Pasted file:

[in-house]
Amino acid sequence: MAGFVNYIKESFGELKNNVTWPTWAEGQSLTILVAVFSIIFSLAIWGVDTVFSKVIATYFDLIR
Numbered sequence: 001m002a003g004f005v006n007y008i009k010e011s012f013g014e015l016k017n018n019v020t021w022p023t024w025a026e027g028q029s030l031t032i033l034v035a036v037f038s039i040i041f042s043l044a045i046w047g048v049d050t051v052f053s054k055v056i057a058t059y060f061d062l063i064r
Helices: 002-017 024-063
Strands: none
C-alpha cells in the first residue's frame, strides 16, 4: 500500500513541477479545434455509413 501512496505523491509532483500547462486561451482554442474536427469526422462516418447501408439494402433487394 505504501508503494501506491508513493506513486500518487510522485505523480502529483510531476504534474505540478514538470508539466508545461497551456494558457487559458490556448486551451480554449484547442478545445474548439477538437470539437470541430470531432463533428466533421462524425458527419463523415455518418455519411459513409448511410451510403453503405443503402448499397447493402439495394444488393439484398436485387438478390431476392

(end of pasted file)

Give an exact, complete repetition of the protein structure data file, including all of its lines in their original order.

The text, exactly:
[in-house]
Amino acid sequence: MAGFVNYIKESFGELKNNVTWPTWAEGQSLTILVAVFSIIFSLAIWGVDTVFSKVIATYFDLIR
Numbered sequence: 001m002a003g004f005v006n007y008i009k010e011s012f013g014e015l016k017n018n019v020t021w022p023t024w025a026e027g028q029s030l031t032i033l034v035a036v037f038s039i040i041f042s043l044a045i046w047g048v049d050t051v052f053s054k055v056i057a058t059y060f061d062l063i064r
Helices: 002-017 024-063
Strands: none
C-alpha cells in the first residue's frame, strides 16, 4: 500500500513541477479545434455509413 501512496505523491509532483500547462486561451482554442474536427469526422462516418447501408439494402433487394 505504501508503494501506491508513493506513486500518487510522485505523480502529483510531476504534474505540478514538470508539466508545461497551456494558457487559458490556448486551451480554449484547442478545445474548439477538437470539437470541430470531432463533428466533421462524425458527419463523415455518418455519411459513409448511410451510403453503405443503402448499397447493402439495394444488393439484398436485387438478390431476392